Hawaii Immunization Registry is now reactivated

After over a year of ongoing repairs, the Hawaii Department of Health reactivated the Hawaii Immunization Registry, which is a statewide information system that stores and tracks patient immunization records for 25 diseases, including vaccinations for polio, tetanus, measles, mumps, and now COVID-19.

Officials say that the “refurbished” immunization registry will provide more accurate vaccination data, improve patient care and boost community outreach efforts. 

“Because the immunization registry documents an individual’s immunization history, health care providers can access their patient’s individual history — providers can see where a person was vaccinated, when, what product they were given and what dose they received,” said State Epidemiologist Dr. Sarah Kemble during a media briefing on Monday morning. “It helps avoid redundant vaccine administration.” 

About 95 percent of COVID-19 vaccination records have now been transferred from Vaccine Administration Management System (VAMS) to the HIR, which means vaccination data found on the Hawaii COVID-19 Data Dashboard is now pulled from the immunization registry.

The registry does not affect COVID-19 case counts or testing data. 

Kemble said via Zoom that the data in the Hawaii Immunization Registry is more accurate because it is more detailed and can better catch systematic errors that VAMS often missed.

“Moving from VAMS to the Hawaii Immunization Registry not only improves patient care, it also gives us more accurate vaccination data,” said Health Director Dr. Elizabeth Char in a news release. “We are committed to providing the most accurate data possible.” 

During the process of transferring records to the HIR, duplicate COVID-19 vaccinations recorded in VAMS were identified and removed.

Booster doses recorded by vaccination providers in VAMS as initial doses have also been recategorized as third doses. As a result, the number of initial vaccinations has decreased, but the number of third doses has increased by 67,000 doses, she said. 

The HIR also helps the state DOH to identify visitors who were not vaccinated in the state and remove them from the resident vaccination count, as well as resolve the “longstanding discrepancies” between Hawaii’s vaccination data and the data that the Centers for Disease Control and Prevention has been recording, she said.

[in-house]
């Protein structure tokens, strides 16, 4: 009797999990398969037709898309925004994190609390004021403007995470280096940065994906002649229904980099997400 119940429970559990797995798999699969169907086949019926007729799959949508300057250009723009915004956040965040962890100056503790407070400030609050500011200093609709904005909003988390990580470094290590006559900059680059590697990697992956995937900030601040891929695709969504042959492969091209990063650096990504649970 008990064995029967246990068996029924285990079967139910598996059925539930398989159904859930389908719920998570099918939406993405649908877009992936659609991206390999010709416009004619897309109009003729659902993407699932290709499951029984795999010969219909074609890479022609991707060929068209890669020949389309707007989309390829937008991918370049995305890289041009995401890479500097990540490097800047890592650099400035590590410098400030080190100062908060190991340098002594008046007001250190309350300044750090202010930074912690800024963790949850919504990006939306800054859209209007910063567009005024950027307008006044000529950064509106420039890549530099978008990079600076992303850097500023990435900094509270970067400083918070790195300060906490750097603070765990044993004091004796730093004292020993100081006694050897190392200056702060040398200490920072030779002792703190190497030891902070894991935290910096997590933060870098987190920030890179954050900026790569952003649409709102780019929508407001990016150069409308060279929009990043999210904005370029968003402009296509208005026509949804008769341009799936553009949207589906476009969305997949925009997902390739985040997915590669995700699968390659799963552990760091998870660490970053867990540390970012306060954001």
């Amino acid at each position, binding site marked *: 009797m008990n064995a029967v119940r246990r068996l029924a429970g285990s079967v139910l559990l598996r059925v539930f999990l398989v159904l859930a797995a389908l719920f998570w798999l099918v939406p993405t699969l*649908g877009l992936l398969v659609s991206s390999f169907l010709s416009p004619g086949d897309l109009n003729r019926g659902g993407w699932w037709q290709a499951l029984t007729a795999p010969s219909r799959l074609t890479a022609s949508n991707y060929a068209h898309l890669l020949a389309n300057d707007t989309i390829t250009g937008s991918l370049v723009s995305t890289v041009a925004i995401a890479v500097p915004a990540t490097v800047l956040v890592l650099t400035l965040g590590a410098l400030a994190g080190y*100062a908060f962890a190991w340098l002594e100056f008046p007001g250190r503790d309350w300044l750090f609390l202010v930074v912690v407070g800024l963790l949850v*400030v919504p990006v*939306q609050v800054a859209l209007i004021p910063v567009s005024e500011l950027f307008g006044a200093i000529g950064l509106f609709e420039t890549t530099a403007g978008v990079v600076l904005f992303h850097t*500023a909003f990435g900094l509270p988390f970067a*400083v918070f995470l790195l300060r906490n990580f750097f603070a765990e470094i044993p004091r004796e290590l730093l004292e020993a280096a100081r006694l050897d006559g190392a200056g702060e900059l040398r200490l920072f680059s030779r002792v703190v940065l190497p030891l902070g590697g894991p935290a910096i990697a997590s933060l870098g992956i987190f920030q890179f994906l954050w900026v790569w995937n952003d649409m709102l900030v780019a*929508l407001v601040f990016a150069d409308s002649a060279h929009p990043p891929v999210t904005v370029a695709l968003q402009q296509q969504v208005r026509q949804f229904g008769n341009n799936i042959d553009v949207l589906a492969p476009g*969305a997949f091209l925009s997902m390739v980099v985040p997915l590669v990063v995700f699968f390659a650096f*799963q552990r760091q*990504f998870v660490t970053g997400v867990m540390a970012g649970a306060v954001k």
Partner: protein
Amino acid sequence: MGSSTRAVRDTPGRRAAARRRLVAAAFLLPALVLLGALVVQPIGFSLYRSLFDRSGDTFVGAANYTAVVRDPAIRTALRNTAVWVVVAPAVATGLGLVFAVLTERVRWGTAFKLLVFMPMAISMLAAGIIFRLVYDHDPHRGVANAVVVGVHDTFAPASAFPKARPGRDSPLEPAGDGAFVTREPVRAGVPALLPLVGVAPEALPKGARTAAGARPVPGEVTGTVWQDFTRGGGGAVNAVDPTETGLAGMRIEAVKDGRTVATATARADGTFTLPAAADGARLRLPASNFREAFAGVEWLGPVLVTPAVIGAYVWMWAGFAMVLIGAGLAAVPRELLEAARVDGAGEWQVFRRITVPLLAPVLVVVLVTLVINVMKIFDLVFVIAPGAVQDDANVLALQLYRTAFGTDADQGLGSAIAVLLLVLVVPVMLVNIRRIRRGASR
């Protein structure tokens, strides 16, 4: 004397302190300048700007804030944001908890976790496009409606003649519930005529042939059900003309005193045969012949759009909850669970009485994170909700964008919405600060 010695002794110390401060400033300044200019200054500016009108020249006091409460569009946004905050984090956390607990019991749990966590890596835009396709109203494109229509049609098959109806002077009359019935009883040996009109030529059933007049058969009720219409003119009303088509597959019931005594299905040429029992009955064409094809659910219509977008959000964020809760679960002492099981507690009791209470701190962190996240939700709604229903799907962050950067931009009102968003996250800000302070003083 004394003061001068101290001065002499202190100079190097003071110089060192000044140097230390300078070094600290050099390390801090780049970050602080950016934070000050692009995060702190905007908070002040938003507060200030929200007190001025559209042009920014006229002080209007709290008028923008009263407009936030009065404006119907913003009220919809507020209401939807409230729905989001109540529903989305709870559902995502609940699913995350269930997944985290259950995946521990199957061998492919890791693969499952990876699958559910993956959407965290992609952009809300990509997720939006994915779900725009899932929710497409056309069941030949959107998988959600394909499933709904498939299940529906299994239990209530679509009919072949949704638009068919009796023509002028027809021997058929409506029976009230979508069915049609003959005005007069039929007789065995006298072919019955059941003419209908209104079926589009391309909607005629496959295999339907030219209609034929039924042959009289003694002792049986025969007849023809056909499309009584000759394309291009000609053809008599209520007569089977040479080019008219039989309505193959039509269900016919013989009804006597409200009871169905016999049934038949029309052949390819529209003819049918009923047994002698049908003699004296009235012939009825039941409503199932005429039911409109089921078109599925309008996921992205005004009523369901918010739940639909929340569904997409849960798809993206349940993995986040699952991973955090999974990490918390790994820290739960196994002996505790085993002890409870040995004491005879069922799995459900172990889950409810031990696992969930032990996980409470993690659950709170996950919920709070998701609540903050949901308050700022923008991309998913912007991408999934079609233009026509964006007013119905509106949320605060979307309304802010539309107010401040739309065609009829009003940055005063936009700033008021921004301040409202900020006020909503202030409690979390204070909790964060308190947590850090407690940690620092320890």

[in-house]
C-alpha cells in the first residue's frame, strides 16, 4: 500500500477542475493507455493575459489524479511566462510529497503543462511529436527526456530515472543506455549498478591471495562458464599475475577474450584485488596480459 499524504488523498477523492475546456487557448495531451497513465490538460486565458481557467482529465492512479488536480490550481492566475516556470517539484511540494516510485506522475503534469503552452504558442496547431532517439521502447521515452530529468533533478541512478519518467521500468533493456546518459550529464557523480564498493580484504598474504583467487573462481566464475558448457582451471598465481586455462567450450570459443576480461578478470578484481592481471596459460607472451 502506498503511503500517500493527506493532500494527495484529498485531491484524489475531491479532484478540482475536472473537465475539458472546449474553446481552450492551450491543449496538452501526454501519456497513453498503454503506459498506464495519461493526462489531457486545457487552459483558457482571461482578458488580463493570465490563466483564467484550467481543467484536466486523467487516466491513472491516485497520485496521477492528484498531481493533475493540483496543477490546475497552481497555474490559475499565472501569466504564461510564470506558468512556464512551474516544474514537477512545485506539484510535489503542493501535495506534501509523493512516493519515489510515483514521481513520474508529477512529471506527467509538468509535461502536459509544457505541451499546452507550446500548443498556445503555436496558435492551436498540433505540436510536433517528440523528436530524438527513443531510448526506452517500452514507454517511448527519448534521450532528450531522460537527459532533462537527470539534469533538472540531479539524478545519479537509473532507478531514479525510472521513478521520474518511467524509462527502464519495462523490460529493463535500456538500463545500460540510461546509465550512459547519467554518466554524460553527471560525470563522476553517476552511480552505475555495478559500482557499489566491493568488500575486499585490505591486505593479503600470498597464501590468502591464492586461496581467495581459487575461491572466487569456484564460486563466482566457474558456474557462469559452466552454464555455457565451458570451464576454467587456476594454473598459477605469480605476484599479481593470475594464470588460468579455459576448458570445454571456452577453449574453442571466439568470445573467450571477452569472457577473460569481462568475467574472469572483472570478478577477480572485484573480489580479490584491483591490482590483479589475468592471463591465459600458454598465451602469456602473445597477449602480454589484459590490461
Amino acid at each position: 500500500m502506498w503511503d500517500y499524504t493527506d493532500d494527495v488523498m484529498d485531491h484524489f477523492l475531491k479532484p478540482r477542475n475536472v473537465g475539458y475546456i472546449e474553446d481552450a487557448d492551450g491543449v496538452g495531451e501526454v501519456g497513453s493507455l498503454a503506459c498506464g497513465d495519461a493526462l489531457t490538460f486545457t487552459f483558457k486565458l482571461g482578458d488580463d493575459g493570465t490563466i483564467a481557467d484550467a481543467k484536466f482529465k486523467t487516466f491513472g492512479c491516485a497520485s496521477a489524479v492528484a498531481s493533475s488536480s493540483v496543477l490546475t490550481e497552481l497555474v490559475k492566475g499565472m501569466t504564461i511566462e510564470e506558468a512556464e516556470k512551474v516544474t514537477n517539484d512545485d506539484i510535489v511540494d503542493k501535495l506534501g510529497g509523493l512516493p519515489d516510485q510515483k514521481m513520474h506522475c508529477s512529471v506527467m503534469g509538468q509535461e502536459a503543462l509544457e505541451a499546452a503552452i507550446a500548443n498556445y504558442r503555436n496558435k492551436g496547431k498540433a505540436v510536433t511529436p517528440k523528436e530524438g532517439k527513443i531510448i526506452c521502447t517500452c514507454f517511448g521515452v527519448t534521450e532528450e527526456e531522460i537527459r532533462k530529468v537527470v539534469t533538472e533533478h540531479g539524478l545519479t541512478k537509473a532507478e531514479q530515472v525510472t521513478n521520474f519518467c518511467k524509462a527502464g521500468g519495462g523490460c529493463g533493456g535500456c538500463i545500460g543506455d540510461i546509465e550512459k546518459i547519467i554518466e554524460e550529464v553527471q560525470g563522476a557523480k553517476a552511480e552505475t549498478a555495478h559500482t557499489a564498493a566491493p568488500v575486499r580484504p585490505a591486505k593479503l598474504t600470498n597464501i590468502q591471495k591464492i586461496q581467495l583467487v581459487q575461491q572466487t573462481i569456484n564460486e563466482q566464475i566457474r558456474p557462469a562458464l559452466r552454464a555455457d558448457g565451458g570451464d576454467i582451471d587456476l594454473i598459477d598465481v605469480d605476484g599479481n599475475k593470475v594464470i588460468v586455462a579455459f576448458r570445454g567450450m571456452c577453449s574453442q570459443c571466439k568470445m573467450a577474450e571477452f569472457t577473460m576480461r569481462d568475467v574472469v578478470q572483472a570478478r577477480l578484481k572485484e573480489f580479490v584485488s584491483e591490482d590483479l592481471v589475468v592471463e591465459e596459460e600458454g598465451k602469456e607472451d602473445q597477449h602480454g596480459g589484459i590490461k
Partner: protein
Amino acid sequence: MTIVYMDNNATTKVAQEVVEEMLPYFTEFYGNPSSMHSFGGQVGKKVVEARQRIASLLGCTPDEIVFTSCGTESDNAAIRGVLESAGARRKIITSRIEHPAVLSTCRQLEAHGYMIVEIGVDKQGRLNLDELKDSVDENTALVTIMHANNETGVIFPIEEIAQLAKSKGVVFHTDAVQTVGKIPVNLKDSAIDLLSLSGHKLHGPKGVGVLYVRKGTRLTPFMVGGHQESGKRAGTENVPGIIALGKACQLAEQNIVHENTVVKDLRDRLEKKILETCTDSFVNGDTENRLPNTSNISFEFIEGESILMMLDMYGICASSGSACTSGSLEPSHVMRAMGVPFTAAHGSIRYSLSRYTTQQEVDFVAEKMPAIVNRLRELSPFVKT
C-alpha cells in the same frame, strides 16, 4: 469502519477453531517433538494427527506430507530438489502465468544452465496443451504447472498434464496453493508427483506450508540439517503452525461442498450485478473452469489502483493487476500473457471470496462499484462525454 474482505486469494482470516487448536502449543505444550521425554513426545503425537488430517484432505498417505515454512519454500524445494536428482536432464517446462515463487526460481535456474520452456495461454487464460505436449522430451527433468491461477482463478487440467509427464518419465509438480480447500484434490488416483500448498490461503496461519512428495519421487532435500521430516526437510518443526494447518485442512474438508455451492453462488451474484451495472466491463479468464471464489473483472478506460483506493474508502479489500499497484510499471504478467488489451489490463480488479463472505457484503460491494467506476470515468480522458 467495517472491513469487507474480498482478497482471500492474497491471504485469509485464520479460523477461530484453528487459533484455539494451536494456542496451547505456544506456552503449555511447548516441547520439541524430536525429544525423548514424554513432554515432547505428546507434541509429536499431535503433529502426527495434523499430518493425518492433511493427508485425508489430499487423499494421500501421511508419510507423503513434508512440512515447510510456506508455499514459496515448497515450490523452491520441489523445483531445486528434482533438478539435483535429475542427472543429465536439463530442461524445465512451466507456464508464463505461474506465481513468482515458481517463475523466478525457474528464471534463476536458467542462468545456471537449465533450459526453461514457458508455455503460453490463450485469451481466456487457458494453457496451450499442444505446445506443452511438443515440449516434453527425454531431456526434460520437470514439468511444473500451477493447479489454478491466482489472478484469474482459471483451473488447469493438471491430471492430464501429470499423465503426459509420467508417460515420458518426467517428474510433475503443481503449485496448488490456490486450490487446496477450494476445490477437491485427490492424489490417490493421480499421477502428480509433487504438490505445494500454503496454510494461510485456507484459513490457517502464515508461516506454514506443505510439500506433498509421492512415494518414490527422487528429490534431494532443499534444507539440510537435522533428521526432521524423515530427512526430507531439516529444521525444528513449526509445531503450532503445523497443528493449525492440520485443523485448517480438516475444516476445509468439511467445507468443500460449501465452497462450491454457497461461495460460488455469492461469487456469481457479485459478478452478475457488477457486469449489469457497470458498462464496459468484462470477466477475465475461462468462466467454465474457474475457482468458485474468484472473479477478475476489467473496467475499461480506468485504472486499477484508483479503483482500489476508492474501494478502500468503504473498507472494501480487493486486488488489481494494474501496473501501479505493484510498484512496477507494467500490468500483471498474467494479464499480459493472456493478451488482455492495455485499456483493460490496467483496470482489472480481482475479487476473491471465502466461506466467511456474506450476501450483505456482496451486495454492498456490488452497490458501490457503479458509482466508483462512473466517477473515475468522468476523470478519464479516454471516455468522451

While this slightly lowers Hawaii’s percentage of completed vaccinations from 72.5 percent to 71.1 percent, the revised data set provides a more accurate picture of the state’s vaccination efforts, Kemble said. 

Other states nationwide are undergoing similar improvements, she added. 

“We are making these changes now because DOH is committed to making systematic improvements to modernize systems and improve our health care infrastructure,” she said. 

Back in 2019, the HIR system needed to be rebuilt and updated with new software and servers in order to be “fully functional,” Kemble said, but the pandemic consequently hit as the DOH shutdown the system and started repairs. 

In the meantime, a record of most COVID-19 vaccinations administered in Hawaii were entered and stored in VAMS.

Kemble said it took some time to get the registry up and running again because the process involves working with each health care provider that contributes patient data to the system, making sure that “they are ready and able to transmit their data accurately and correctly.”

The vast majority of providers have now been importing data into the immunization registry. Those who still have not made the switch to the new system are still able to input data into VAMS as DOH transfers doses into the registry from VAMS. 

“That being said, it’s a continuing improvement process so we’re continuing to look at how we can improve upon the validation processes and making sure those numbers are as accurate as we can get them,” Kemble said. “The biggest benefit as intended allows the health department to work in partnership with health care providers to improve health care for all.”

* Dakota Grossman can be reached at dgrossman@mauinews.com.


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